Sturm’s Theorem . Although the problem of finding the number of real roots of the equation f(x) = 0 had already been encountered by Descartes and by Rolle, it was not investigated systematically until the mid-eighteenth century. Gua de Malves made the first significant attempts in 1741, and in 1767 Lagrange approached the problem by forming the transform with the squares of the differences of the zeroes of the polynomial. Later, Fourier considered the sequence formed by the first member of the equation and its successive derivatives. Poisson suggested the problem to Cauchy, who in 1813 sent three notes on the subject to the Academy and in 1815 discussed it at length in his “Mémoire sur la détermination du nombre de racines réelles dans les équations algébriques.”8 By successive eliminations, Cauchy established a system of rational functions of the coefficients of the given polynomial; and from the sign of these functions he deduced the number of zeroes. His was the first complete solution, but the calculations involved are so long and laborious that it was never adopted.

Sturm used Fourier’s method, as well as some unpublished results that Fourier had communicated to him. (Sturm credited Fourier for these in the article published in Bulletin des sciences et de l’industrie.) But instead of working with the successive derivatives, he was able to develop his method by using only the first derivative. The essential part of the argument is as follows:9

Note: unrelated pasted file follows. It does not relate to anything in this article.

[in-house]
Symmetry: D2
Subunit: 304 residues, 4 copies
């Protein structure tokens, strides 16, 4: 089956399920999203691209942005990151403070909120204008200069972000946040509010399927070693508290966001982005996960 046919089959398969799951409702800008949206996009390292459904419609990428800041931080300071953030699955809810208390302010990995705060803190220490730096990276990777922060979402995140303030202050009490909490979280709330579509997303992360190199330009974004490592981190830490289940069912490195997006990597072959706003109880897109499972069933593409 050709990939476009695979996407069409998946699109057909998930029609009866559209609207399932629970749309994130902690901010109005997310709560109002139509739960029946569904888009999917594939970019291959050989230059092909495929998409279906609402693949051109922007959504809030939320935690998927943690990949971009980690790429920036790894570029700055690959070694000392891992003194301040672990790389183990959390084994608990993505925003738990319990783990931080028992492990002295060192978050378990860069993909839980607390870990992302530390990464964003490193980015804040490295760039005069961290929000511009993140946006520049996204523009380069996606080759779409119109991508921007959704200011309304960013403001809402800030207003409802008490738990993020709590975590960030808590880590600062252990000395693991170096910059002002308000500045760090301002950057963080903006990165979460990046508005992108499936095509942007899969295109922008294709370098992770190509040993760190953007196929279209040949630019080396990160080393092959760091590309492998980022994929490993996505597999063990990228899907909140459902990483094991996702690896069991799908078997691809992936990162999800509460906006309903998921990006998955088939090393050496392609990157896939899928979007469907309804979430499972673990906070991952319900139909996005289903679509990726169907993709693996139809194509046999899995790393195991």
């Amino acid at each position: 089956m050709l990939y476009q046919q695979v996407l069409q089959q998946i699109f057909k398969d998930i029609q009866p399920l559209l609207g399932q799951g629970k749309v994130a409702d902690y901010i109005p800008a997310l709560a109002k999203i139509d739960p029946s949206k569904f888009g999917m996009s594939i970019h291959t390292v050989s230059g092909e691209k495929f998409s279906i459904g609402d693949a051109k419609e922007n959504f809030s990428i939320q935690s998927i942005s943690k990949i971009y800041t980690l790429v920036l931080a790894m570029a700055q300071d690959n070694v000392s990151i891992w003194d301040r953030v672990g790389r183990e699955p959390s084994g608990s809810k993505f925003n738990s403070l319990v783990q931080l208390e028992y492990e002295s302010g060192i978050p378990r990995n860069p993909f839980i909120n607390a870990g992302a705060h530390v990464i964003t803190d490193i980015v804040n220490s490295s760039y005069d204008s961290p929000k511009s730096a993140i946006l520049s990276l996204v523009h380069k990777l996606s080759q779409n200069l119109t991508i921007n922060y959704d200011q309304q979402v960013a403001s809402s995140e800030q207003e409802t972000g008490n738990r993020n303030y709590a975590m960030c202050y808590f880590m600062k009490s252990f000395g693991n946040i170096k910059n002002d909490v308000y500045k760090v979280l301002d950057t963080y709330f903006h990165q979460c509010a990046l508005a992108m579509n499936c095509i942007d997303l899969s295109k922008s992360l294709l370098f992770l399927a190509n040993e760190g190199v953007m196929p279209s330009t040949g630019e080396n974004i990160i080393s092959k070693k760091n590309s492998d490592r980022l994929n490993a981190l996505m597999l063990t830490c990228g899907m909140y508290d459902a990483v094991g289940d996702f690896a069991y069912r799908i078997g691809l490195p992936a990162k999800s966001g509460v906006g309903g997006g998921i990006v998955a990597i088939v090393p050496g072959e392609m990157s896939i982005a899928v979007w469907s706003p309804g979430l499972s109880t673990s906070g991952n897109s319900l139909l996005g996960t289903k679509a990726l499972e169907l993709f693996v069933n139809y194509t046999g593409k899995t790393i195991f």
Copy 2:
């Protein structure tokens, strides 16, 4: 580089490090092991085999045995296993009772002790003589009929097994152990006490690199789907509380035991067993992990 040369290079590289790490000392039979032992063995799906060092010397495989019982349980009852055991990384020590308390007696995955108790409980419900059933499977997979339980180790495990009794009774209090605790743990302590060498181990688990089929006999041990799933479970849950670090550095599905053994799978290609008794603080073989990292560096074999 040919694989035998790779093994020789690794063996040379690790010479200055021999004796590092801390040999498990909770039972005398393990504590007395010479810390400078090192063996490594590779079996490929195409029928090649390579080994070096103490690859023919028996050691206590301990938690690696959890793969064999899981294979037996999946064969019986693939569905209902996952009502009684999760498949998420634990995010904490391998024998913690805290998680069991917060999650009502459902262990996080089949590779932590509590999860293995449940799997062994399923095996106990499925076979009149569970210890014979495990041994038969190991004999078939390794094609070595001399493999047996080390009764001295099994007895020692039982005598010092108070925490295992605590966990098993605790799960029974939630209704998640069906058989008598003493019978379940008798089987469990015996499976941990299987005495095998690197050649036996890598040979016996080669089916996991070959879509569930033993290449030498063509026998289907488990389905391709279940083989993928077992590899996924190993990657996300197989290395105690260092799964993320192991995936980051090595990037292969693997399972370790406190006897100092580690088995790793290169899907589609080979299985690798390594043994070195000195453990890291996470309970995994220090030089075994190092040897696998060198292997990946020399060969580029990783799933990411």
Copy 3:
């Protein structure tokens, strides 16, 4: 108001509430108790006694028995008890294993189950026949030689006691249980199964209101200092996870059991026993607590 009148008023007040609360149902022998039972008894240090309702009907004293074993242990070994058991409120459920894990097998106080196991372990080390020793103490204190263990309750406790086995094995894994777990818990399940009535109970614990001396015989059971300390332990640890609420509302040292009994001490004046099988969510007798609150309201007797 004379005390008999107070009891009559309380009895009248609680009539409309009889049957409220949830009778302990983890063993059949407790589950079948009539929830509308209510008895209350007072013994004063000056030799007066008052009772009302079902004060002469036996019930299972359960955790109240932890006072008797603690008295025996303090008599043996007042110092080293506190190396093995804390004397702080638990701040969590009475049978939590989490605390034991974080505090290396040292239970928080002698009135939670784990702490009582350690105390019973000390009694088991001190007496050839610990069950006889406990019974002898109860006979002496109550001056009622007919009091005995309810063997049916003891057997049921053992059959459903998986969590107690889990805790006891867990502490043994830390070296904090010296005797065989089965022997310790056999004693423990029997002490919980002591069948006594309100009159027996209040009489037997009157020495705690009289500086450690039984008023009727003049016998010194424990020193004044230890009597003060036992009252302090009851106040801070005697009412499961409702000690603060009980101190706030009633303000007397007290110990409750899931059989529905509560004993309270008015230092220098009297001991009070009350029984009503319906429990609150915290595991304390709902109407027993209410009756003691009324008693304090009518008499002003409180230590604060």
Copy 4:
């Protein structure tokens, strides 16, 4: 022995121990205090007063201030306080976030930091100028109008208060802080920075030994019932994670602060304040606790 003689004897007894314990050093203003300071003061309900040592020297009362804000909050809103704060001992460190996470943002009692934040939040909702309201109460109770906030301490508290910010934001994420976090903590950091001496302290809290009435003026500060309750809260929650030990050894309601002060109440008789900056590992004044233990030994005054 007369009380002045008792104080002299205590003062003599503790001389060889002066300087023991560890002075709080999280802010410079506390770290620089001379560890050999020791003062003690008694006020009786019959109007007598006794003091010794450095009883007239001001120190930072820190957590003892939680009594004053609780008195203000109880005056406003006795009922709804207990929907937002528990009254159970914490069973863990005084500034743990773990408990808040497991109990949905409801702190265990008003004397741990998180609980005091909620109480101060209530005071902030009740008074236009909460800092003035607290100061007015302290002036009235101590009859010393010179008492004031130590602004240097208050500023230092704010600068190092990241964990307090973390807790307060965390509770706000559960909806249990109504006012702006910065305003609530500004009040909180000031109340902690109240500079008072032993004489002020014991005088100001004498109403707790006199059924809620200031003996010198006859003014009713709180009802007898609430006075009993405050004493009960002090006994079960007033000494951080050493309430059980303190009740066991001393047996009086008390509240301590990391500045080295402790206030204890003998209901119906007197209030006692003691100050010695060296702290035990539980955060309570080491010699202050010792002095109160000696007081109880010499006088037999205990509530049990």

Let V = 0 be an equation of arbitrary degree with distinct roots, and let V1 be the derivative of V. One proceeds as in finding the greatest common divisor of V and V1, the sole difference being that it is necessary to change the signs of all the remainders when they are used as divisors. Let Q1. . ., Qr-1 be the quotients and V2, . . . , vr-1the remainders, Vr being a constant. One therefore has

V = V1Q1V2

V = V2Q2V3

. . . . . .

Vr-2 = Vr-1Qr-1Vr

The statement of the theorem then reads:

Let us substitute two arbitrary numbers a and b positive or negative, for x in the sequence of functions V, V1, V2, . . . , Vr-1,Vr. If a smaller than b, the number of the variations in the sequence of the signs of these functions for x = b will, at most, be equal to the number of the variations in the sequence of the signs of these same functions for x = a. And if it is less, the difference will be equal to the number of real roots of the equation V = 0 between a and b.